Even more than the megillah of Esther, the Haggadah which is read in Jewish homes at the Passover seder, and which tells of the Exodus from Egypt, has been reproduced in many and varied forms of artistic decoration. An illuminated manuscript Haggadah, also fashioned in northern Italy, is the Library's justly famed Washington Haggadah. The anonymous artisan who produced the megillah was a pedestrian calligrapher and illustrator and, perhaps precisely because of that, his megillah has a folk vitality and naive charm often lacking in the work of more sophisticated and gifted artists. It is a fine example of what a moderately skilled scribe aspiring at hiddur mitzvah can accomplish. As such it is a valuable contribution to Jewish folk art. The Washington Haggadah is of another order. Its creator, Joel ben Simeon, was the most prolific Hebrew artist-scribe of the fifteenth century. No less than eleven manuscripts bearing his name, written in his native Rhineland and in Northern Italy, are now the treasured possessions of libraries in Europe, Israel, and America. "Most of Joel's illuminations," Bezalel Narkiss writes, "consist of colored pen drawings.... The best ... is the expressively drawn Washington Haggadah of 1478." Narkiss includes it among the sixty beautiful and important works which comprise his Hebrew Illuminated Manuscripts, first published in Jerusalem in 1969, and more recently in 1984, in a revised and improved Hebrew edition. He describes it:
It is illuminated entirely in Italian style, with no trace of German motifs other than the iconography. All of the illustrations are placed in the margins, and are mainly ritual or literal ... Beside the four sons, other illustrations typical of German iconography are the cooking and the roasting of the Passover lamb and a man pointing to his wife while saying maror zeh.
Joel ben Simeon, called Feibush Ashkenazi of Bonn, calls himself the humblest of scribes, stating that "the work was completed on the 25th of Shevat, 5238" [January 29, 1478].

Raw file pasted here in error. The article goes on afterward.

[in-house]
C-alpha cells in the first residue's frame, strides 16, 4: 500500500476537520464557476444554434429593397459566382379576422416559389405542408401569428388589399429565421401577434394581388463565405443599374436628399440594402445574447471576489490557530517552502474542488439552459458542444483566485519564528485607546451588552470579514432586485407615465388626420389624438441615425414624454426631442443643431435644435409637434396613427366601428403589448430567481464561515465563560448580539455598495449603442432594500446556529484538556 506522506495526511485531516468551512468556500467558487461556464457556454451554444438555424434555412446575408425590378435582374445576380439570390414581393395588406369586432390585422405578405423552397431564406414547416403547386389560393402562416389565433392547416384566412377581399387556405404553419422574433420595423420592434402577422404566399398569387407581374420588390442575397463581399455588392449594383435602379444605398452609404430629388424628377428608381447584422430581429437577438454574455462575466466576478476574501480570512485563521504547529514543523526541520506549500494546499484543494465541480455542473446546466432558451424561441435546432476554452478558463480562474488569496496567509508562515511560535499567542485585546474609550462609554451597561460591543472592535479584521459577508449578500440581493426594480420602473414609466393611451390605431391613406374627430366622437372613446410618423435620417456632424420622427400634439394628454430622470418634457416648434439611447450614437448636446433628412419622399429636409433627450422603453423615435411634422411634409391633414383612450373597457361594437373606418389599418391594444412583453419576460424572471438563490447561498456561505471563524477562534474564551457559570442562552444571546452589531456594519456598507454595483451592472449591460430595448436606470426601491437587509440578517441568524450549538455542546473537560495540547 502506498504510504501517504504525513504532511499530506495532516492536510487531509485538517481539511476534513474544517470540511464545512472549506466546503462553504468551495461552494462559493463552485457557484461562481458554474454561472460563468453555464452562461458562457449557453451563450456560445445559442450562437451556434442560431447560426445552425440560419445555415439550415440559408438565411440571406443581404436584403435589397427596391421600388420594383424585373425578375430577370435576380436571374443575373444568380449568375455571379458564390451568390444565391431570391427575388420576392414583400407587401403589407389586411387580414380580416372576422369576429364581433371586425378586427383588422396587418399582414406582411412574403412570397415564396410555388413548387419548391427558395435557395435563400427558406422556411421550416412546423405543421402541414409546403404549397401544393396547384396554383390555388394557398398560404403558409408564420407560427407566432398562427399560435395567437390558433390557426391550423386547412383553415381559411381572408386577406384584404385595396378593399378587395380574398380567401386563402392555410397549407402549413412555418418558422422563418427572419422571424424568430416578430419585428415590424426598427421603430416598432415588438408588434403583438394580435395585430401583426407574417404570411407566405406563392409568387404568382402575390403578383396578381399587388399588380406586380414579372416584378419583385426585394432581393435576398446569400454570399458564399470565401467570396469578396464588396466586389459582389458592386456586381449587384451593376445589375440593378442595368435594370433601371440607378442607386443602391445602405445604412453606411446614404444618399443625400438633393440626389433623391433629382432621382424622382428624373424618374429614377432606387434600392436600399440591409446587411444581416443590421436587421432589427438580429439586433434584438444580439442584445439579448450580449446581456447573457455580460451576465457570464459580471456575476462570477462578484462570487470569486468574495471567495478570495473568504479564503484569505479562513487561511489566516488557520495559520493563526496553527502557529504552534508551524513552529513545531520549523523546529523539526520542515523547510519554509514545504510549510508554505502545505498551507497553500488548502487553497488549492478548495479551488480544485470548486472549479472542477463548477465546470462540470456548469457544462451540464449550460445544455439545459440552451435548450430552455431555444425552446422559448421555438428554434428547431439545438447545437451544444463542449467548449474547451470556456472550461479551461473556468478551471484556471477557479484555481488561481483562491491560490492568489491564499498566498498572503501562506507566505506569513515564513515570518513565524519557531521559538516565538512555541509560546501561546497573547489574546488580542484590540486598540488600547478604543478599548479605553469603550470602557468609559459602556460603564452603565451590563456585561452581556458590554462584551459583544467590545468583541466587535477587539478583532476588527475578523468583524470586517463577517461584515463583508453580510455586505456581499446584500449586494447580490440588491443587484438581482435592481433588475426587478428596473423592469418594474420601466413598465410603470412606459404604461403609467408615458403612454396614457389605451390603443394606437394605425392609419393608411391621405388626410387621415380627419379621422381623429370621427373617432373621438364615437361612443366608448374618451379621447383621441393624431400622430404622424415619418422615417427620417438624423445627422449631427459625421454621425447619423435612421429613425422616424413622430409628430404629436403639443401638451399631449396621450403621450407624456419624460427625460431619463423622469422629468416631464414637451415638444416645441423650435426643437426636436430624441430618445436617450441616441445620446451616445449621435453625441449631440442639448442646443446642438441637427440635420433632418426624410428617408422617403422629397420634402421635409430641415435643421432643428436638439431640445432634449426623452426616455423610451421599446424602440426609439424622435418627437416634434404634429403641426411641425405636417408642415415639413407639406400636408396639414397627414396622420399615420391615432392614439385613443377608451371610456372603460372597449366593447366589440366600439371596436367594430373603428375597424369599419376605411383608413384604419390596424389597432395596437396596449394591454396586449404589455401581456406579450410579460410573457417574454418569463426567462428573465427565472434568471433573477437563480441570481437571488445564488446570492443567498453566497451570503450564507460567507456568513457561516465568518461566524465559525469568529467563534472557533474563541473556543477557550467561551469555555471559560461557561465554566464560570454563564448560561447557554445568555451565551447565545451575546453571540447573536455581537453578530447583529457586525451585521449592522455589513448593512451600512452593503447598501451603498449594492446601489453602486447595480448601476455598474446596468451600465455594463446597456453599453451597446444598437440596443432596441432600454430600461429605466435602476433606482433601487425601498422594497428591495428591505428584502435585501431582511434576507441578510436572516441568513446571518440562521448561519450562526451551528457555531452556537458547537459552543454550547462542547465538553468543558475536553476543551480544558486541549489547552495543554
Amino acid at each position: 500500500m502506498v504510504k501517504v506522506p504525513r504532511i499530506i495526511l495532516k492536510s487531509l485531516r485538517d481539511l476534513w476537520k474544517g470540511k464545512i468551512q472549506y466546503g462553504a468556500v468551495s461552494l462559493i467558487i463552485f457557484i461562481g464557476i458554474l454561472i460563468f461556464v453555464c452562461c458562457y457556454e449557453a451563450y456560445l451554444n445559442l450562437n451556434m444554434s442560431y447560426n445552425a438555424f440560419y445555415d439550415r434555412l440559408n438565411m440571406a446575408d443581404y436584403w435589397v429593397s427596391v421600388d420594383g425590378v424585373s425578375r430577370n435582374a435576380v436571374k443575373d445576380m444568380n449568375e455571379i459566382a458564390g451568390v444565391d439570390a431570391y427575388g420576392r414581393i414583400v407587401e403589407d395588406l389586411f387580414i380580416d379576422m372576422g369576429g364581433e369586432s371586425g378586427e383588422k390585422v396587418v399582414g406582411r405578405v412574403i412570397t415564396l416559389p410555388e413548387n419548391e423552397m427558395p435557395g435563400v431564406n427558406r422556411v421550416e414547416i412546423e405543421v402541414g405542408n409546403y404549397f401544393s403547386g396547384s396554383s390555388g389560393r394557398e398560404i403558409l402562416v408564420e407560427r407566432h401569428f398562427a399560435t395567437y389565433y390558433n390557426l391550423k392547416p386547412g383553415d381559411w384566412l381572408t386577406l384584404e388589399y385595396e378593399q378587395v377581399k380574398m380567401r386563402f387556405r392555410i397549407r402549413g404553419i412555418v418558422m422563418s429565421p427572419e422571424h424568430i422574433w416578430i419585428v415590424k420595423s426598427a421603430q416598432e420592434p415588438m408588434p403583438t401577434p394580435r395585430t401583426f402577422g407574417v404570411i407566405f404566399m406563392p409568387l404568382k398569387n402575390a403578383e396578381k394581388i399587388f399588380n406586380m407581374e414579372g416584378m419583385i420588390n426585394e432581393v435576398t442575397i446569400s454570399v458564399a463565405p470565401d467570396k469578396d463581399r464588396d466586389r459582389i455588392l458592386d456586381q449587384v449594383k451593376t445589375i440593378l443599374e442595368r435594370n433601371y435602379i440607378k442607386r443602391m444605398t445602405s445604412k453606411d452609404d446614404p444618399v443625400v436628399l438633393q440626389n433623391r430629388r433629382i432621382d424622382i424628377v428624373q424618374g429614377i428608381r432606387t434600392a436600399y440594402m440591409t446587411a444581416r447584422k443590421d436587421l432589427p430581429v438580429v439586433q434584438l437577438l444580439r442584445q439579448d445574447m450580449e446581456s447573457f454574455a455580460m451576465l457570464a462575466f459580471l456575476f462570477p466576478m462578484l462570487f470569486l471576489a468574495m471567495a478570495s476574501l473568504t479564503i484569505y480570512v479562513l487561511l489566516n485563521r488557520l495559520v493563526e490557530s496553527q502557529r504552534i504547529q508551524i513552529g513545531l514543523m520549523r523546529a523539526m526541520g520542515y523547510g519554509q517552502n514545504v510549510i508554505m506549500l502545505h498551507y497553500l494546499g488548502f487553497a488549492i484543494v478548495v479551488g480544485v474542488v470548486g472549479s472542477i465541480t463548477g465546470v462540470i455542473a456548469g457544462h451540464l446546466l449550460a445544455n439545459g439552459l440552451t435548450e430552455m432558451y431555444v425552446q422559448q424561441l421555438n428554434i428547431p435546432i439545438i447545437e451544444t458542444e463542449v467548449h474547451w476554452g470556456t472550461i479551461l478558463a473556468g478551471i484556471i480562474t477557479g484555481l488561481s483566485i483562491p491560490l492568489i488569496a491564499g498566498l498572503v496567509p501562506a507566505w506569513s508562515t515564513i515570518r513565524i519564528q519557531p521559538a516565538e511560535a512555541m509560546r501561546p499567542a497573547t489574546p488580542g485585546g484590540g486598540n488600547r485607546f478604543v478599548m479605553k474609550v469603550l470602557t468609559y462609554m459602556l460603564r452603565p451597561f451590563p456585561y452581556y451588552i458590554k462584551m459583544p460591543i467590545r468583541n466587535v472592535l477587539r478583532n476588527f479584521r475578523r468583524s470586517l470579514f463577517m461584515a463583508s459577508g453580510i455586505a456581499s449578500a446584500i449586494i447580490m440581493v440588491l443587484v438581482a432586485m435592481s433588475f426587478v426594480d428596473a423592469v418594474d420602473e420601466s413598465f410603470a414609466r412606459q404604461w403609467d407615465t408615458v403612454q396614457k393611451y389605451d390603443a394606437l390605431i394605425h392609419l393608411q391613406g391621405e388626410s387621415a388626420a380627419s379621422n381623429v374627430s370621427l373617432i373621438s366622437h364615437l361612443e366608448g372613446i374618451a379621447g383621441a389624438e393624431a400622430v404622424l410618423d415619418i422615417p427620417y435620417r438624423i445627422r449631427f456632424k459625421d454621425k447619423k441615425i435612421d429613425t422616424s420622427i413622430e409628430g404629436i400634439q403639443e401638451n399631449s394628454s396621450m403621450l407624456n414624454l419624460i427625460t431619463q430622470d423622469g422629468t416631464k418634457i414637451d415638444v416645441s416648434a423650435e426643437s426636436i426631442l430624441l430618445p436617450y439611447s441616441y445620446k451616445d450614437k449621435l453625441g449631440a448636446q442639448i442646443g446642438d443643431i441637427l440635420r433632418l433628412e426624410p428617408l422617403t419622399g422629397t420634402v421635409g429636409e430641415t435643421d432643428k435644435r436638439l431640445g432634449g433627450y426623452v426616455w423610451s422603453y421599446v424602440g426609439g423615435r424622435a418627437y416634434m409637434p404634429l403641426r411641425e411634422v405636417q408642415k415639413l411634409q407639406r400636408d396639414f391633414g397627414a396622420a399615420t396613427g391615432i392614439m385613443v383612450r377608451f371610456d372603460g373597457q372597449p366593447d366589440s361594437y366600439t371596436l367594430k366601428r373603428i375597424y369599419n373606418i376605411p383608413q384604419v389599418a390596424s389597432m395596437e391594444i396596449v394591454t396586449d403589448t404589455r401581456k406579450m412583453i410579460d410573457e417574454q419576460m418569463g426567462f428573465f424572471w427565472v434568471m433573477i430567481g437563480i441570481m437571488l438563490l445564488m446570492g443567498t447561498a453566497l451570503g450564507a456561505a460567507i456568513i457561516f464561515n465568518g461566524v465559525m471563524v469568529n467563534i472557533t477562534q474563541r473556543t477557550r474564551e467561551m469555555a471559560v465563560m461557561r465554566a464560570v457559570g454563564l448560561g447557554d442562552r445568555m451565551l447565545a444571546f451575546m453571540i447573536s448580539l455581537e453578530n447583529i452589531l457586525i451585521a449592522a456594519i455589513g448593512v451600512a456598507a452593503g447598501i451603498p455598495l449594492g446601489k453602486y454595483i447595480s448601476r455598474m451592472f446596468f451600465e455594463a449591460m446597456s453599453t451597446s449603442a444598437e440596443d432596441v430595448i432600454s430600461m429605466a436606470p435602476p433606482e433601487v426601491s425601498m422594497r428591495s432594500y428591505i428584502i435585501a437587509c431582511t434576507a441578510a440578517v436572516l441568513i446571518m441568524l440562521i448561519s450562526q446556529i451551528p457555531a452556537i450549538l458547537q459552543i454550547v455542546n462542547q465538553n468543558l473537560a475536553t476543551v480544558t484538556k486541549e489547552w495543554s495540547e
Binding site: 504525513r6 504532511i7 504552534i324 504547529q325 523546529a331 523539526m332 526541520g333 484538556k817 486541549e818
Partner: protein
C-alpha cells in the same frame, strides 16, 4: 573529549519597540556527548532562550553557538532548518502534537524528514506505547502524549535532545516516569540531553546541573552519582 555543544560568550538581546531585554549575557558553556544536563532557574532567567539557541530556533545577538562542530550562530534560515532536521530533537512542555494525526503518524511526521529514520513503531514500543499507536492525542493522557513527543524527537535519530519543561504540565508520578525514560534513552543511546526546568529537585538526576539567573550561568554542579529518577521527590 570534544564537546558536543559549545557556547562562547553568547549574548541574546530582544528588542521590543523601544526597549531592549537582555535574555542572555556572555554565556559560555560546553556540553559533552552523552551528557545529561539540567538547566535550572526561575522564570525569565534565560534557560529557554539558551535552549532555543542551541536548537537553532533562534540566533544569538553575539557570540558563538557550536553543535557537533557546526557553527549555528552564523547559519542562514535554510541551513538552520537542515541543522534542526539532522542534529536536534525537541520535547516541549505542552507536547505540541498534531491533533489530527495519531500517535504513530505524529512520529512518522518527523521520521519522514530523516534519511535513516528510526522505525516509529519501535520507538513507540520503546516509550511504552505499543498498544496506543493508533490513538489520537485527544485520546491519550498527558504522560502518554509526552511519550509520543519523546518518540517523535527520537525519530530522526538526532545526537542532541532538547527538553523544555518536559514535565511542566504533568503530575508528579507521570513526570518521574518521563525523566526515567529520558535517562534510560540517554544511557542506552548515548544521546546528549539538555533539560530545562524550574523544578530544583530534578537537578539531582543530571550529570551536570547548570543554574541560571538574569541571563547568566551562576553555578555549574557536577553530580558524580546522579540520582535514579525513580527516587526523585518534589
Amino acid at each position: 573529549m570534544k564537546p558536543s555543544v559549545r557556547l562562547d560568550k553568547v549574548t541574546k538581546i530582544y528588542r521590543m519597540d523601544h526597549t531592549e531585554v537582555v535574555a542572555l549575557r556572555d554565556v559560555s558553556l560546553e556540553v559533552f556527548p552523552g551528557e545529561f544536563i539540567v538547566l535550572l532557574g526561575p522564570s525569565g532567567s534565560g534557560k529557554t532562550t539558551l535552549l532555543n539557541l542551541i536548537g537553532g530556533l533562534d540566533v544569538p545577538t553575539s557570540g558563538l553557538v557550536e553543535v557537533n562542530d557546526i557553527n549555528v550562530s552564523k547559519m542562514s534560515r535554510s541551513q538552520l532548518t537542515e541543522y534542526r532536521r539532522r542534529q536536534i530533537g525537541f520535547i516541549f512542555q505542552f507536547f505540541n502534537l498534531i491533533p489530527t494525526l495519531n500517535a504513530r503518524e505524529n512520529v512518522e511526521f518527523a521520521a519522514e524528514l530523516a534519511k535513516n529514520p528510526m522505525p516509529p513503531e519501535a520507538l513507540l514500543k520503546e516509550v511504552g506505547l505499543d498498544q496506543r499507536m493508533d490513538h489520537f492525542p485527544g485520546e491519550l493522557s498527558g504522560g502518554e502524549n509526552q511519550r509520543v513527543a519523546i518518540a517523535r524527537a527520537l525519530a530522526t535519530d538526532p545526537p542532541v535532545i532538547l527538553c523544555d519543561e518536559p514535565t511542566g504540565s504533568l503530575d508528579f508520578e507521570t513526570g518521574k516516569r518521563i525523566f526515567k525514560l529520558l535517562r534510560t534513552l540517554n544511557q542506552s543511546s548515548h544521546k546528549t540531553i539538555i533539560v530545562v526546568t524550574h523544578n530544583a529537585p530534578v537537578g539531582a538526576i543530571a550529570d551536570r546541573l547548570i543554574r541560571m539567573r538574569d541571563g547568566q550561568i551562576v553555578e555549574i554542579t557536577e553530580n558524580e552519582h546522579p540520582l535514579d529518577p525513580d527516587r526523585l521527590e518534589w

What appeals most to this observer about the Washington Haggadah is its economy of decoration and its use of the illustrations, even their place upon the page, to express a point of view. Illustrations are only in the margins, preserving the centrality of the text; decorations are there to adorn and may not intrude upon the text. The wise and wicked sons are and should be farther apart from one another than the simple sons. Why should the wise one not seem to be shoving the wicked one downward? More than half of the figure of the wicked son is below the text, removed from it, as the wicked son "removed himself from the congregation [of Israel]." The artist becomes the subtle commentator, in the tradition of Jewish religious works: text and commentary.
Speaking of the sons: the wise one sits on a chair, book in hands on lap, as if in the process of teaching. The simple son is not a simpleton; he too has a book before him, but he sits on the floor as an inquiring student. He does ask, "What is this?" and in a question is the beginning of wisdom. The artist-scribe does not fall into the error of so many illustrators of the Haggadah who depict the tam as a simpleton, a tradition brought to a head by Jakob Steinhardt who places a dunce cap on the tam in his Berlin, 1923, Haggadah. Tam means innocent and simple, honest, and harmless. A faith tradition which extols the question-the Talmud begins with a question, the Haggadah itself flows from the Four Questions-would never view a questioner as a simpleton. A simpleton is one who "lacks the capacity to ask a question," and he is so portrayed in the manuscript, as a fool or jester. Our artist-scribe knows he is a scribe first, copying a sacred text, then adorning it and illuminating it with subtle visual commentary, but the text must dominate.
There are a considerable number of illuminated Haggadot, larger in format and richer in illustrations. They are finer artistic creations than the Washington Haggadah, but very few, if any, are grander Haggadot, i.e., sacred liturgical texts whose purpose is to help the celebrant reexperience history and renew his appreciation for the gift of freedom. Its modest size, six inches by nine, indicates that it was meant to be used at the seder table, and the pale wine stains on its vellum bear witness that it was.
Sources: Abraham J. Karp, From the Ends of the Earth: Judaic Treasures of the Library of Congress, (DC: Library of Congress, 1991).